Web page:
COVID-19 has emerged as a focus of the USODA: In March 2021, Biden signed the American Rescue Plan into law, which included US$11 billion for the global COVID-19 response. US$3.5 billion was allocated to the Global Fund and US$5.2 billion to USAID. Biden also launched a National Security Council Directorate on Global Health Security and Biodefense. Under Biden, the US joined COVAX to provide vaccines globally with an initial pledge of US$2.0 billion in February 2021 and a promised pledge of an additional US$2.0 billion. In July 2021, the Biden Administration released a US ‘COVID-19 Global Response and Recovery Framework,’ setting forth the following five objectives to end the pandemic, mitigate its negative impacts, and strengthen future pandemic preparedness:

  • Accelerate the equitable distribution of COVID-19 vaccinations
  • Strengthen health systems in order to reduce the severe effects of COVID-19 and to better prepare for future threats
  • Address the acute needs that COVID-19 has caused, including reducing household economic shocks and building resilience
  • Provide economic and other support to critical systems that COVID-19 has put under stress
  • Bolster international health security architecture for a better response to pandemic threats.

A significant focus of US health ODA is support for MNCH: The FY2023 budget request puts US$880 million toward MNCH, much of which is allocated through USAID. Despite the US’ policy emphasis on MNCH, family planning is a contentious issue in the US, particularly under Republican administrations. Since assuming office, the Biden Administration repealed two policies reinstituted under the Trump Administration that restrict US funding for SRHR programming: the Kemp Kasten Amendment and the Mexico City Policy. The Kemp-Kasten Amendment withholds all US funding to UNFPA. The Mexico City Policy, also known as the ‘global gag rule’, blocks US global health funding for both non- US NGOs directly involved in abortion services or abortion rights advocacy and for those who fund or support other groups which provide or discuss abortion. Biden's State Department provided US$31 million in core funding to UNFPA in FY2021, with US$33 million appropriated in the budget for FY2022. President Biden’s FY2023 budget provides a 8% increase in the overall family planning budget to US$653 million.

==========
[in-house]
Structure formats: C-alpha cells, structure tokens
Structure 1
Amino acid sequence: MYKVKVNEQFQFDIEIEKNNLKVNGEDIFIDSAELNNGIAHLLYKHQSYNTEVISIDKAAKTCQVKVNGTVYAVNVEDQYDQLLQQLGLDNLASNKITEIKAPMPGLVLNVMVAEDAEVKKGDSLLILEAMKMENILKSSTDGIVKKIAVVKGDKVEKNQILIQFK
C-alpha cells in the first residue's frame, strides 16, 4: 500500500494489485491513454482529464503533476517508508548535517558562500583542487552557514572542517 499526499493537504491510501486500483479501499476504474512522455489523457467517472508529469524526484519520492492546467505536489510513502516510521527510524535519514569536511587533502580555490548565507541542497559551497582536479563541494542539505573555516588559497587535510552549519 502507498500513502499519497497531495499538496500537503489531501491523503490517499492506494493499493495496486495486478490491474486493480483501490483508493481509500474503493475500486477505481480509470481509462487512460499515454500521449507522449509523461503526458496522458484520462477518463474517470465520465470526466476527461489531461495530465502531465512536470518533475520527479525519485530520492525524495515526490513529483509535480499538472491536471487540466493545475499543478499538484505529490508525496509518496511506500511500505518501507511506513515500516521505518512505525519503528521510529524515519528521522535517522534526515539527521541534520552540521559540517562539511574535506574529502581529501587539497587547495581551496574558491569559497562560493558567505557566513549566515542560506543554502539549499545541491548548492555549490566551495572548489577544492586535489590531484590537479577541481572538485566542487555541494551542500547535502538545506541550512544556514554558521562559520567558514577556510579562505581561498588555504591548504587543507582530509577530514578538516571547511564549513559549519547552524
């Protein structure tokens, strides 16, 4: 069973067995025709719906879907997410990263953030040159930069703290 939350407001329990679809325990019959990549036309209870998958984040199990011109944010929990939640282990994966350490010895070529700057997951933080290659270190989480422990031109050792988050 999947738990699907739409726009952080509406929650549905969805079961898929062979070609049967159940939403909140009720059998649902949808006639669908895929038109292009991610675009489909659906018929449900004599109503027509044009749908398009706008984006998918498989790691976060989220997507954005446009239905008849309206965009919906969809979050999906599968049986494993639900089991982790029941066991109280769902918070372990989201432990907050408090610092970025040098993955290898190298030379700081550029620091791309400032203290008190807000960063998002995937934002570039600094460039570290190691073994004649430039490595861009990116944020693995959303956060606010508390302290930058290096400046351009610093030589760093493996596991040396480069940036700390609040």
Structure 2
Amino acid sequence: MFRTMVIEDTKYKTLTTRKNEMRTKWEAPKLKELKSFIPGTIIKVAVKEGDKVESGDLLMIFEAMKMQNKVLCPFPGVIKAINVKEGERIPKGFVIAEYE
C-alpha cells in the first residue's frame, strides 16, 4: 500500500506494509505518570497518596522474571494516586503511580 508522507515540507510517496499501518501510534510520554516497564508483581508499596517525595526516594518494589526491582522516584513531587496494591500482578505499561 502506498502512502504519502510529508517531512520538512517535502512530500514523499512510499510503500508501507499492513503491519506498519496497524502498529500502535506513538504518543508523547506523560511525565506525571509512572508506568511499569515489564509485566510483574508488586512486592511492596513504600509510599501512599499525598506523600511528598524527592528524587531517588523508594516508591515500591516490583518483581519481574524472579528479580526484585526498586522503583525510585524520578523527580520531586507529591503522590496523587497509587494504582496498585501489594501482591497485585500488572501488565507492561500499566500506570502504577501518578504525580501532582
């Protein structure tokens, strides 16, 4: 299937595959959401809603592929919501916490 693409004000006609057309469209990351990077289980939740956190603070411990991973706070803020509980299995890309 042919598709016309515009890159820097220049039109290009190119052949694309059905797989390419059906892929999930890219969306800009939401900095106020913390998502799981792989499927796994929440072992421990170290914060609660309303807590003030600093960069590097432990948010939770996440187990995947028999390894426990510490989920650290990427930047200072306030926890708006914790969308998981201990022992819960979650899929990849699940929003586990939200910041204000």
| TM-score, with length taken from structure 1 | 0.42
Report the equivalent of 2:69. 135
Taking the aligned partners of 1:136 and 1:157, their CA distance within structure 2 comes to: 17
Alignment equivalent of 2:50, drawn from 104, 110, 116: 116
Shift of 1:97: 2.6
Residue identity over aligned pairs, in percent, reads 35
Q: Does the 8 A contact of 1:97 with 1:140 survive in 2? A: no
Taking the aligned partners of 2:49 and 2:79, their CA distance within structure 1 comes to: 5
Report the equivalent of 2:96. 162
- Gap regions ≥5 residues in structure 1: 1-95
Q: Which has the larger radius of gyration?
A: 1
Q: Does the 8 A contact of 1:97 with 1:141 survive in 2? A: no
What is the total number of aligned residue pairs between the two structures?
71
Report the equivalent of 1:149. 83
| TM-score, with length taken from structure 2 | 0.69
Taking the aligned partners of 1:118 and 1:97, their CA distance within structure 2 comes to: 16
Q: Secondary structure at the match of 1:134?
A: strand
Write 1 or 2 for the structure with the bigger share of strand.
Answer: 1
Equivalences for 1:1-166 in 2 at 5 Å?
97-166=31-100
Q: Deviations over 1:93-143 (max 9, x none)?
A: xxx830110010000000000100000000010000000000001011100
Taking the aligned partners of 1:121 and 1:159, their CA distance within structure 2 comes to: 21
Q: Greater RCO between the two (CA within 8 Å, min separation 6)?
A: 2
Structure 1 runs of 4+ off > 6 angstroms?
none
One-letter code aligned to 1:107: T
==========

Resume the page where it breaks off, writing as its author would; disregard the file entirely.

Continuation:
Key Bodies

Global health R&D is also important to addressing many of the global health challenges that disproportionately affect the world’s most disadvantaged people. For more information on how donor countries are supporting global health R&D across three main areas — 1) EIDs; 2) PRNDs; and 3) SRH — read the excellent G-Finder reports and explore the interactive data portal created by Policy Cures Research. Not all funding mentioned in these analyses qualifies as ODA.

Adam Jennison